10 – 12

Make a geodesic dome or sphere


Make a geodesic dome or sphere

What to do with this activity?

A geodesic sphere or dome is a lightweight but very strong round structure made from interconnecting triangles. If the round structure is complete it's a geodesic sphere, like in the photo above. You might have seen a geodesic dome (half sphere) in a playground. They make interesting climbing frames. 

You can make a colourful geodesic dome or sphere using drinking straws (strong paper ones) and pipe cleaners. Here are instructions from Babbledabbledo.

There's a bit of maths involved in this. For instance, there are two lengths of straw that make up the triangles and you need to work out  the relative lengths using a formula and calculator. With the longer pieces you form pentagons (five sided shapes), while the shorter straws make the triangles inside the pentagons. 

If you are interested, have a look at this online calculator tool that helps you calculate the correct two lengths for the struts depending on the size you want the dome to end up.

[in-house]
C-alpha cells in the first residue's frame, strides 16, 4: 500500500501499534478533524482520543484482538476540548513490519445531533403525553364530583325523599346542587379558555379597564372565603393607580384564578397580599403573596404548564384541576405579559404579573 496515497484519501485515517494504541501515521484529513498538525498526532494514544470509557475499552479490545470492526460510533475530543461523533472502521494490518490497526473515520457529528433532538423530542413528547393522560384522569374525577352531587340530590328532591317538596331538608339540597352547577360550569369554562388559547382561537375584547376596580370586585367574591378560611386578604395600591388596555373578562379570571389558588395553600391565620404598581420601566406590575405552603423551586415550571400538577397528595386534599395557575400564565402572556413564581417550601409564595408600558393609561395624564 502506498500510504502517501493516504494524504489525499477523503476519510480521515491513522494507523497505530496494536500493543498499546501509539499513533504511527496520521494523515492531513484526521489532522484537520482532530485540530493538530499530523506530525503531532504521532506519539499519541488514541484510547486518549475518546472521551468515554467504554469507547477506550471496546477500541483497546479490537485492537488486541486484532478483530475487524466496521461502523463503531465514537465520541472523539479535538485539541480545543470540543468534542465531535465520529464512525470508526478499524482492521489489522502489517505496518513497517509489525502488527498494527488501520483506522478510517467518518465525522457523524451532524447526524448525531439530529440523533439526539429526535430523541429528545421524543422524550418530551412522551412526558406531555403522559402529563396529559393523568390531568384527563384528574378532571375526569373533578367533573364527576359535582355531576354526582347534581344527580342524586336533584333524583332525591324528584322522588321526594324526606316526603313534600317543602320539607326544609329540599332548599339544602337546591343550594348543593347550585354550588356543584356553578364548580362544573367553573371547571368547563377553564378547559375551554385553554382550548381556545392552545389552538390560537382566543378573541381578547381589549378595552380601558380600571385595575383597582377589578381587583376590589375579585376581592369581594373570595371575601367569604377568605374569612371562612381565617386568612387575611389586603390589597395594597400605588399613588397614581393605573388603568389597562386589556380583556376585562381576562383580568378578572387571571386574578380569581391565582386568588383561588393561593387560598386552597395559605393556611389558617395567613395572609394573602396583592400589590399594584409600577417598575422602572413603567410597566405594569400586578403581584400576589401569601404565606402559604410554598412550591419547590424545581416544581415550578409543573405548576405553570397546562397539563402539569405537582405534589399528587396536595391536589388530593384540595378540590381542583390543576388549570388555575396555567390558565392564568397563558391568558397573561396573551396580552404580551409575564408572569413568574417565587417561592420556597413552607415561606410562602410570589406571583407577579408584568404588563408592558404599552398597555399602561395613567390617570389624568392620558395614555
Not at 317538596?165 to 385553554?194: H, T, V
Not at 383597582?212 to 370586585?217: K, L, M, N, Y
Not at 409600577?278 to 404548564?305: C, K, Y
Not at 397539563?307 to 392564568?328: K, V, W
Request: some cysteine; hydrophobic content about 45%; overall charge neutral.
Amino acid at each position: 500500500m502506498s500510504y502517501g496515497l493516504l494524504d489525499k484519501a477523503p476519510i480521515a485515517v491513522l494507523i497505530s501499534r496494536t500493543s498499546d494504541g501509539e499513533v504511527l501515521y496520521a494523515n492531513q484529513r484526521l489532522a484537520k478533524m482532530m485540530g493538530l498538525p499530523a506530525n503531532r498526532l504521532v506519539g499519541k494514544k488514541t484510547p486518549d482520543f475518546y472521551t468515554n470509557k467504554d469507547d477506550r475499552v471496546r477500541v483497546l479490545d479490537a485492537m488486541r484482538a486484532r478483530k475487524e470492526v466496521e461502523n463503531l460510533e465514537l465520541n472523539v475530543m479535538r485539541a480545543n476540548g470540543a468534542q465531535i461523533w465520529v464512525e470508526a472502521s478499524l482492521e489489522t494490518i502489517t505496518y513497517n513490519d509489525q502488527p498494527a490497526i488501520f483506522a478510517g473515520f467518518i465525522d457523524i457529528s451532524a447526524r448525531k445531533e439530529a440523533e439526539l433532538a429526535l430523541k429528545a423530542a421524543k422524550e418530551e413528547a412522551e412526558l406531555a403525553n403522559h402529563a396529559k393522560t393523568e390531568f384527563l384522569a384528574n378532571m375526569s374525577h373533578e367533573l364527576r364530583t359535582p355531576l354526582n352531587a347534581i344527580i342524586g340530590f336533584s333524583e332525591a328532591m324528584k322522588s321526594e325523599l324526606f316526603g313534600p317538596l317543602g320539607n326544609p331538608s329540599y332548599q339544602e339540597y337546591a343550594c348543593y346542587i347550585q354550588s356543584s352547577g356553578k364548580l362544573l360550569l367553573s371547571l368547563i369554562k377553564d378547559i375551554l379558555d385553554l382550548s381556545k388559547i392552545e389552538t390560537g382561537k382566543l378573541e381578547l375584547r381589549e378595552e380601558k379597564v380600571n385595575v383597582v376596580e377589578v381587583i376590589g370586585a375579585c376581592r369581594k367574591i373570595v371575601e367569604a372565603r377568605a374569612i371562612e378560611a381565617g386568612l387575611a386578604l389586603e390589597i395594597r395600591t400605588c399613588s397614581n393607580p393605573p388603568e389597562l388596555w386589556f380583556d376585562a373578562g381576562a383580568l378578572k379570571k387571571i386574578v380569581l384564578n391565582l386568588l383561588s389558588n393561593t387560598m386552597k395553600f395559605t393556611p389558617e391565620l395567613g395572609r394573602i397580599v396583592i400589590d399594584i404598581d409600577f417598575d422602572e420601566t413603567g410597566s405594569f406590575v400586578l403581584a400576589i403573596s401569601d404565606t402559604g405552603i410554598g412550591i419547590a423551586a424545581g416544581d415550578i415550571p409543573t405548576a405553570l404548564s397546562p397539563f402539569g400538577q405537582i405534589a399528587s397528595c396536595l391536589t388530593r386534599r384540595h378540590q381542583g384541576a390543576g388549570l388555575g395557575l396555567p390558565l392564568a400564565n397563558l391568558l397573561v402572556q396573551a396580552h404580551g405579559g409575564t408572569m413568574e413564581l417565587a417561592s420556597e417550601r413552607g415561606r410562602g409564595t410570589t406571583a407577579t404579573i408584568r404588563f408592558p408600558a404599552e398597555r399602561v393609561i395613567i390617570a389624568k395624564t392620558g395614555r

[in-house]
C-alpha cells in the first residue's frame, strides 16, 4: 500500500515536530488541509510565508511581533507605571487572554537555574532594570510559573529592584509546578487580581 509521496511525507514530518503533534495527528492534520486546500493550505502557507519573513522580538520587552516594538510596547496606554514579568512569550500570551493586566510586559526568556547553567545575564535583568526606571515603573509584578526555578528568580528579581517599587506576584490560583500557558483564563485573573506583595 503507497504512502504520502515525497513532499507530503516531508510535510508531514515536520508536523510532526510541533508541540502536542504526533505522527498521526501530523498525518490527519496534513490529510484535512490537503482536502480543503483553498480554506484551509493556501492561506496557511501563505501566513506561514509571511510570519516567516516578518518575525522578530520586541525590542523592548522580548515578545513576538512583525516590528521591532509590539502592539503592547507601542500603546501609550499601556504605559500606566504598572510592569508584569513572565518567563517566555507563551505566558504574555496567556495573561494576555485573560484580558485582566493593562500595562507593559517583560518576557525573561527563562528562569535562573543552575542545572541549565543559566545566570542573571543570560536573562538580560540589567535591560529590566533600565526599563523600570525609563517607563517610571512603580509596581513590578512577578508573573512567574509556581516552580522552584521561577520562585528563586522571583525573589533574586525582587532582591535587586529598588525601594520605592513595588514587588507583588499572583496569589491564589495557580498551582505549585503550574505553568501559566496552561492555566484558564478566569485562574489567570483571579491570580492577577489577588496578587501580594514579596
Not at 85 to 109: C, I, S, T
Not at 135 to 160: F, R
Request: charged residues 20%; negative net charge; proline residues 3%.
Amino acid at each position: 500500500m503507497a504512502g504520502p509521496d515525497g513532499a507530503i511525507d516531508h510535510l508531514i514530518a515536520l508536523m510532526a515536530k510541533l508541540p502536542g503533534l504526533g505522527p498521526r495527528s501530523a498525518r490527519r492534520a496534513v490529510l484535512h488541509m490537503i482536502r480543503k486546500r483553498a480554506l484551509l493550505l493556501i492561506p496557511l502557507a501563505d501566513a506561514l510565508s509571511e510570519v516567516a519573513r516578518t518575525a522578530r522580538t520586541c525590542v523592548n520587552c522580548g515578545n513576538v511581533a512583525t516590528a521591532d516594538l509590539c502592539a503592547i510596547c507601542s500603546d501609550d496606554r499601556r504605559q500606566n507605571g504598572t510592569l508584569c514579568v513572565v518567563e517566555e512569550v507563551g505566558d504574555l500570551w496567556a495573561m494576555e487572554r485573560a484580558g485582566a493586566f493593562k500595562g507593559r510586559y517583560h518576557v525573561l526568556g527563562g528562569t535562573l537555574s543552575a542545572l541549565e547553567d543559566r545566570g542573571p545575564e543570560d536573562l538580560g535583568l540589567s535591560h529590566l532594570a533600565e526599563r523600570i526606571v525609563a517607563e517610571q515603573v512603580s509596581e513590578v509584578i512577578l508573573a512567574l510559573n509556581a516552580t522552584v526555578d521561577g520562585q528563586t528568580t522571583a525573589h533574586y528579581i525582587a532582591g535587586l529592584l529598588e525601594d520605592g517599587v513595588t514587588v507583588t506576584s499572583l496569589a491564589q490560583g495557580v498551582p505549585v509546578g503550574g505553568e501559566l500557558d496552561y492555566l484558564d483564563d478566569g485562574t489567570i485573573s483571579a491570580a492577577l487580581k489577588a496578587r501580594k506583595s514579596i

Here's an alternative way to make a geodesic dome using rolled up newspaper - these instructions from PBS. And here's a video of one being made by a group of kids in Boston Science Museum.





  • Why am I doing this?

    Maths makes sense to children when they use it in everyday life - like measuring things, working out distances, estimating food for dinner or money for groceries. The more opportunities you give your child to use the maths they learn at school through everyday activities the more they will understand and enjoy working with numbers.

  • How can I do more?

    Always teach numbers in a natural way through everyday activities and play. Count steps on a stairs, food in your shopping trolley or cows in a field.  Compare things when talking big or small, long or short, older or younger and faster or slower: “You carry the small box and I’ll take the big one.” Use the words – up and down, over and under, near or far, more or less when talking to your child. Talk about the shapes of everyday things. Ask your child what shapes they can see around the room they’re in.

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